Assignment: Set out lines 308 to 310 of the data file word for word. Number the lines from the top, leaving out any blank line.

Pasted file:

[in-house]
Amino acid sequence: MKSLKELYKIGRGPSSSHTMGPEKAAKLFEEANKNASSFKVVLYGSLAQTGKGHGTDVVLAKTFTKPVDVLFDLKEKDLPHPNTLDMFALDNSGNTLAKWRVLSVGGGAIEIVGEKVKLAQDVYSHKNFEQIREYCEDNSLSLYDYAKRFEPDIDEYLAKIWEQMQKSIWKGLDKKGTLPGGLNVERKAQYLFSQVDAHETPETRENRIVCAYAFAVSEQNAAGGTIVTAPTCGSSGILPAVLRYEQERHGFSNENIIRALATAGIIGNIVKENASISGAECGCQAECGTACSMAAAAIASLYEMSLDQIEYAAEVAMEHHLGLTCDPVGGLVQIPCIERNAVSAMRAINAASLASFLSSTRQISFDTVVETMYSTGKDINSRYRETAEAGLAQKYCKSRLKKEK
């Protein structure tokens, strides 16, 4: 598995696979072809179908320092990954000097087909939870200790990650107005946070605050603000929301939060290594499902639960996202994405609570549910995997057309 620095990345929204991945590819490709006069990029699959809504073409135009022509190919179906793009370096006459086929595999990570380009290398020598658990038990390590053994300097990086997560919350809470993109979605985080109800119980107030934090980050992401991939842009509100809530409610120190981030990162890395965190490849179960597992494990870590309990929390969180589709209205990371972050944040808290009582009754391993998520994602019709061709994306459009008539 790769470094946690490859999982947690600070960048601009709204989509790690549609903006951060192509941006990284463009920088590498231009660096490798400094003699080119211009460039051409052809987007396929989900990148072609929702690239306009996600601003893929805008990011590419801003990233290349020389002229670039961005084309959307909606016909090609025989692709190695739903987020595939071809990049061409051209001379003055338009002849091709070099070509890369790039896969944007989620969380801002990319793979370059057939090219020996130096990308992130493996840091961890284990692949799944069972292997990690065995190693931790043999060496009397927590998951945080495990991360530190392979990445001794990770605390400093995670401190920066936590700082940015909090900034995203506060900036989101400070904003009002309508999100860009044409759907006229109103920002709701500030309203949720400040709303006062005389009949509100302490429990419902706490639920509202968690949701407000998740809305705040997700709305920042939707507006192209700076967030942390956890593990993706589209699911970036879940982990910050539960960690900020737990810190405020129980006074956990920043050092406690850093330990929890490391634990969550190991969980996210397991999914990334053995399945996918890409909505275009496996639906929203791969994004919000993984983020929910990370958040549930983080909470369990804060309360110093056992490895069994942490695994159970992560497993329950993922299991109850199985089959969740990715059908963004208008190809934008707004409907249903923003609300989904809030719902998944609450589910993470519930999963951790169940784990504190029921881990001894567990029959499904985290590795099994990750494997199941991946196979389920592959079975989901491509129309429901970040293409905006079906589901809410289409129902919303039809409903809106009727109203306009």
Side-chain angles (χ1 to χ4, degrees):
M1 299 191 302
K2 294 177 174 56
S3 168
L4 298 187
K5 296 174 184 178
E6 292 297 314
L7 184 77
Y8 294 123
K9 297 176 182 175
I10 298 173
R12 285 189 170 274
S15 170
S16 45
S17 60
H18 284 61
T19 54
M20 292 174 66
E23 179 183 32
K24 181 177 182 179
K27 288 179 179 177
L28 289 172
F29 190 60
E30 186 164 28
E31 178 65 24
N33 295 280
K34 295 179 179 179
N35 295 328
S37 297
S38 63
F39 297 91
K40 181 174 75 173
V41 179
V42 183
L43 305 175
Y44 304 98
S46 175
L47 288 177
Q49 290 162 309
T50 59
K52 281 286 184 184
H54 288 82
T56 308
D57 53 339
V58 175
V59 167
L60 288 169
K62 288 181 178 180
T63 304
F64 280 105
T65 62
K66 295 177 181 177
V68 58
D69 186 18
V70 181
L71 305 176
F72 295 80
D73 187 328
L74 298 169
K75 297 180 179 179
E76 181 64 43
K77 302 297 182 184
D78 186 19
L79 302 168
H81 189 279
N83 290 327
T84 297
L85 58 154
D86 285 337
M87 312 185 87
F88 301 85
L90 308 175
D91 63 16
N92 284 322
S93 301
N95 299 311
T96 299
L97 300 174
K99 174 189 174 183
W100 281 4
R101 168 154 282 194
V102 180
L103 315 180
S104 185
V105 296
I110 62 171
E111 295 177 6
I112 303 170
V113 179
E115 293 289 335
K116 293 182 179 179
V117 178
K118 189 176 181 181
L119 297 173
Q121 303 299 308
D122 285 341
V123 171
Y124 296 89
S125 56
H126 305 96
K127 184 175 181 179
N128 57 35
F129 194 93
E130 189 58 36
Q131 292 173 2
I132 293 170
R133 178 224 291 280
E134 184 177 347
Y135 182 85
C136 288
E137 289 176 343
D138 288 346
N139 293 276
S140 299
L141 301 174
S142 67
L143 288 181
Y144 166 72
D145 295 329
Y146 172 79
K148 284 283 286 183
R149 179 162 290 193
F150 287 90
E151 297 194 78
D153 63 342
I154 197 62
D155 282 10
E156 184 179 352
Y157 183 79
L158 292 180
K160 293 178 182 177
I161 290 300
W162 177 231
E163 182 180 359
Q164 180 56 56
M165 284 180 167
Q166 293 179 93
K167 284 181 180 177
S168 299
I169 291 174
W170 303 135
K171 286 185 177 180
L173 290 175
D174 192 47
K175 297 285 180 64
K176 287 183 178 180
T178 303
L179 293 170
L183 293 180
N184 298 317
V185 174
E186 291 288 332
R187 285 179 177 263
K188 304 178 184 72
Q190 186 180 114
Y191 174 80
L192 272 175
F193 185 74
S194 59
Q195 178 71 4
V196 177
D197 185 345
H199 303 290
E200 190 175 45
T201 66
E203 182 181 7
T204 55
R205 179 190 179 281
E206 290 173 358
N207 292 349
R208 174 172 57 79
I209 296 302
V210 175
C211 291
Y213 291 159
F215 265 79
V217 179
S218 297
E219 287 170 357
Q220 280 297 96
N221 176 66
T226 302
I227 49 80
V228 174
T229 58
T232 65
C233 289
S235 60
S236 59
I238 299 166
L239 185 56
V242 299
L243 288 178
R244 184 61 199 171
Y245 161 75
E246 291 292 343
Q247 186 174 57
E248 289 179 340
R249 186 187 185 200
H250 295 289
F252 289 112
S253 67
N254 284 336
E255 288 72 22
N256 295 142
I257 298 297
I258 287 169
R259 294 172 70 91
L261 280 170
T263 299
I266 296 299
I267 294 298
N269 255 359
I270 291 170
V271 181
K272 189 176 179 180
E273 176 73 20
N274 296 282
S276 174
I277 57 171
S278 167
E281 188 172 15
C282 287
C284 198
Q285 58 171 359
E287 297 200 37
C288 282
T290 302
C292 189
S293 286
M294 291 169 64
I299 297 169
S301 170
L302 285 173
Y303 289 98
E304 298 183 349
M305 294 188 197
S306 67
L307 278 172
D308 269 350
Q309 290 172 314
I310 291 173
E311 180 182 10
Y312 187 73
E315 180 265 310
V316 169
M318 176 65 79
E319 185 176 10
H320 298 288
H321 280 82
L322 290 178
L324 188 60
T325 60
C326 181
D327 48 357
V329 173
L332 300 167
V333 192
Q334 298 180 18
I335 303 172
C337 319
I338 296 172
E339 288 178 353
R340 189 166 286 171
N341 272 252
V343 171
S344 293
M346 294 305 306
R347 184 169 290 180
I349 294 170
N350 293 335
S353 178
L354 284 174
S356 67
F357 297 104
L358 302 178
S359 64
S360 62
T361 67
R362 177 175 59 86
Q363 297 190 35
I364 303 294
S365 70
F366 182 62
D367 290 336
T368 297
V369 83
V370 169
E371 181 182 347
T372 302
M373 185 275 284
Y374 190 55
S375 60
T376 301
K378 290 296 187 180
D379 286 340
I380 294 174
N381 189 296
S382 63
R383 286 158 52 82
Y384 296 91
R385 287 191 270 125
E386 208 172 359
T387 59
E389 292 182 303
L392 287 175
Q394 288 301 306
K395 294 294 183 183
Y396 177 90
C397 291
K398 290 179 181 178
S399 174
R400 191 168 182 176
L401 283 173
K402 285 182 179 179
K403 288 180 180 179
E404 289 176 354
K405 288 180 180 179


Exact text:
E389 292 182 303
L392 287 175
Q394 288 301 306